Kruger Park Birding | A Bird's Eye View of Kruger
The Kruger National Park is the most accessible wildlife destination in the subcontinent. It is the cornerstone of what will be one of the world's biggest game reserves once the vision of the 30 000 square kilometre Limpopo Transfrontier Park is realised. Its sheer size, varied birdlife and high chance of seeing rarities makes the Park a sublime birding experience for both beginners and veterans.
The Kruger bird list has 480 species, but there is some latitude around this. As the late birding authority Ken Newman once noted, it all depends on how many strays and stragglers are included. He believed it would be more accurate to put the figure at 479. Alan Kemp had 517 on his list, while UCT zoology department researchers Cliff Moran and John Hoffman argue that the figure should be 489.
This is largely an academic discussion as one will never see all of the Park's species in a lifetime. This is because of the number of rarities on the species list. Over 20% of the birds here can be classified as rare or opportunistic, while barely 2% are guaranteed sightings. Other factors that limit the number of sightings are that 107 species have a limited distribution range within the Park; 94 are seasonal; 109 are classified cryptic - that is they are either shy or silent - and 18 are purely nocturnal. There's also the fact that the relationship between birds and their environment is a dynamic one, with ranges expanding and contracting based on the availibility of food and long-term climate changes.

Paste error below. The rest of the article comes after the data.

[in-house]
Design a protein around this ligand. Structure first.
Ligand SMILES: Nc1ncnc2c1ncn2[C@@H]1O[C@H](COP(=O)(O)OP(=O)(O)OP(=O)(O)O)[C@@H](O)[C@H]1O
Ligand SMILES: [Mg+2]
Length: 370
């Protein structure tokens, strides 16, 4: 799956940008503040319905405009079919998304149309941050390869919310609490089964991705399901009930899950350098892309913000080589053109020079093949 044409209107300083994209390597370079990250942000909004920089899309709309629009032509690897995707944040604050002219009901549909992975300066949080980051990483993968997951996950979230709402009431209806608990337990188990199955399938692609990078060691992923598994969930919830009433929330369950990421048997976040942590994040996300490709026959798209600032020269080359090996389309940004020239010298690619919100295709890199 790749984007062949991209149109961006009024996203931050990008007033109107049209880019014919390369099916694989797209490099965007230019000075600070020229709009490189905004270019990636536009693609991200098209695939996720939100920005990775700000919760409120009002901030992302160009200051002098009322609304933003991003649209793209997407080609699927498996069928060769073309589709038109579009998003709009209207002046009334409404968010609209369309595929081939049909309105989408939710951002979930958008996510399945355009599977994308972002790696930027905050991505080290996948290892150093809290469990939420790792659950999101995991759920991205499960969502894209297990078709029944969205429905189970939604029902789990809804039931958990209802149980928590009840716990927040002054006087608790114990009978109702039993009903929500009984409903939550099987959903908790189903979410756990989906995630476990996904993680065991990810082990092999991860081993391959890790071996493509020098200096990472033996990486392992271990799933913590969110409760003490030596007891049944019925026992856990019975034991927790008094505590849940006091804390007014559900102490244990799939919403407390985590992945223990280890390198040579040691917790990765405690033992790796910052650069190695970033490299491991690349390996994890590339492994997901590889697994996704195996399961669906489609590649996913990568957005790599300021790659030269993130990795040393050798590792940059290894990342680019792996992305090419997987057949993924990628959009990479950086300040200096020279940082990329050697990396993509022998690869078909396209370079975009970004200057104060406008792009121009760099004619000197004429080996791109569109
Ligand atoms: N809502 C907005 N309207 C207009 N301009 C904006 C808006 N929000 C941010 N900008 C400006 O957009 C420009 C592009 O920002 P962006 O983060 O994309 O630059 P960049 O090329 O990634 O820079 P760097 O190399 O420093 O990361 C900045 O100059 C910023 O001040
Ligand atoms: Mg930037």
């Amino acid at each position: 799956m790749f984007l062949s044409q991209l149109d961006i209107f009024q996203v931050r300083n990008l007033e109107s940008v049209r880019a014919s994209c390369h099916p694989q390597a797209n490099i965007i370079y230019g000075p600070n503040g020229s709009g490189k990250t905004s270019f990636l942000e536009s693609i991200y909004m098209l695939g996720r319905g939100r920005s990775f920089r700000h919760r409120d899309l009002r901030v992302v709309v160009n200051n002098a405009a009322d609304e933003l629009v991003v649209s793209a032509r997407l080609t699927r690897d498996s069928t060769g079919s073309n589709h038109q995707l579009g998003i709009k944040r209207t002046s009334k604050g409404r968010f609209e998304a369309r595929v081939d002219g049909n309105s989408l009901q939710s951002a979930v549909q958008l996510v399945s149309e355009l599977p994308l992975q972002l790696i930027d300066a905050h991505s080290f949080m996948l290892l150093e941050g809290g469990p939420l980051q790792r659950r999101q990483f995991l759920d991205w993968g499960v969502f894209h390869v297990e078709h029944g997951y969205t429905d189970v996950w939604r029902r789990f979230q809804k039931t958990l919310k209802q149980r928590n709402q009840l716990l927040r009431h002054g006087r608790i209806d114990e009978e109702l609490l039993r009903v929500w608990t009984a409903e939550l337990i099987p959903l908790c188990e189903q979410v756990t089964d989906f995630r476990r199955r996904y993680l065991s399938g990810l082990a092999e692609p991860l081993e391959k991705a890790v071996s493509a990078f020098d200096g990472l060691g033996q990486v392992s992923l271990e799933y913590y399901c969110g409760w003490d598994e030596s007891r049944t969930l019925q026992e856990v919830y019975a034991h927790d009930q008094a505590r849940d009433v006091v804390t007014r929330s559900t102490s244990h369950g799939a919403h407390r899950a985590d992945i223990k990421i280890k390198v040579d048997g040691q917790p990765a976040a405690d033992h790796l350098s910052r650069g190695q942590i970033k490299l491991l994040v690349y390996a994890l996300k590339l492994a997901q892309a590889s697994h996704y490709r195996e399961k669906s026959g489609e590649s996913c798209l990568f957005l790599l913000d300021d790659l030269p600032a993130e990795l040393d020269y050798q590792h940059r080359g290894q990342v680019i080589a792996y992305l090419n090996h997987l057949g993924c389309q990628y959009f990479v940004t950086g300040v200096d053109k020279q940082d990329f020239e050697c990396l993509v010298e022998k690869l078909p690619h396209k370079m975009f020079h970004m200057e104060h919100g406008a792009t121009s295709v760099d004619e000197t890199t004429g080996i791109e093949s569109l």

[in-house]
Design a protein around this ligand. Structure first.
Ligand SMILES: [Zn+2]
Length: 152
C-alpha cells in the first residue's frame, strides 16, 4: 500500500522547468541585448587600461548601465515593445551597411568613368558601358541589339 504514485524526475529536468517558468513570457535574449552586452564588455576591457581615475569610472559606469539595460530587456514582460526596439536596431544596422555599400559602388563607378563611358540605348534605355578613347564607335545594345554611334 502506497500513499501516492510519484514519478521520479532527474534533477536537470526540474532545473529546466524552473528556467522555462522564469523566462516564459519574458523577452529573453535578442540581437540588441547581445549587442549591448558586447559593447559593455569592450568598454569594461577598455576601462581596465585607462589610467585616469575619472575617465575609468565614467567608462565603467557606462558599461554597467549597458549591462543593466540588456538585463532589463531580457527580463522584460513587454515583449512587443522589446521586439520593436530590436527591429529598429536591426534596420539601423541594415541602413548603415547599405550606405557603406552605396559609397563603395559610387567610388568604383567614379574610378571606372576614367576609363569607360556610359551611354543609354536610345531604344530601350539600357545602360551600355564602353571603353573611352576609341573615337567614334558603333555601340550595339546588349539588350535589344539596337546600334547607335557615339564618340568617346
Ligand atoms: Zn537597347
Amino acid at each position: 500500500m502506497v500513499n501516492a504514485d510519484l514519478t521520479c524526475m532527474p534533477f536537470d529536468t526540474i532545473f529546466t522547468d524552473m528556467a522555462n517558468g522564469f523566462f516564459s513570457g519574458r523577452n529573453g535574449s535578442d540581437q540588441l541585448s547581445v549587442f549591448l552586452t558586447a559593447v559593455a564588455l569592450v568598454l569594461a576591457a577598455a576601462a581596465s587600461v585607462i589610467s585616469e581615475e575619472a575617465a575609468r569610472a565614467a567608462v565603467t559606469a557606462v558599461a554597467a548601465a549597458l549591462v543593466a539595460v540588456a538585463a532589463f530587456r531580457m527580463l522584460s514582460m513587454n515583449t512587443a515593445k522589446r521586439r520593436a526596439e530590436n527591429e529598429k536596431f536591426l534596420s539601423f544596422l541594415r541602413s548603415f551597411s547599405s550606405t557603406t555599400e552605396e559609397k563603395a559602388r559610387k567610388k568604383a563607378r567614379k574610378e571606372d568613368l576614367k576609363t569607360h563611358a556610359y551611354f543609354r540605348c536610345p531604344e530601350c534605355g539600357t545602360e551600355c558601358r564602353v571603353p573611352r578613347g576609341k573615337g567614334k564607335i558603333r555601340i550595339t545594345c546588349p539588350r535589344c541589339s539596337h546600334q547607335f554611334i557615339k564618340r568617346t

So how many birds should one expect to see? Obviously it all depends on the time of year and the duration of the visit. During a focused three-day trip to Kruger one should be able to notch up 150 species in summer, and about 75 in winter, probably more if one's up north.
The best time to bird in Kruger is between October and March when the bird population swells by approximately 200 migrant species that have flown south from elsewhere in Africa and from Eurasia. See Birding Calendar
Migrants and nomads normally arrive after the first summer rains when the availability of water ensures that food is plentiful. Most depart by the second week of April.
The Park in its entirety is good for birding, although the tracts of monotonous mopane scrubveld in the north-east are not for the faint-hearted. Kruger is particularly renowned for the birding in the far north in the sandveld around Punda and Pafuri, and between the Luvuvhu and Limpopo Rivers. There is also excellent birding along the Sabie River, around Letaba and Olifants and along the Shingwedzi River. Not only is the Park good for birds, but birds are good for the Park. Studies have shown that birds play a crucial role in maintaining the diversity of the savanna through seed dispersal and pollination and keeping the veld clean of carrion.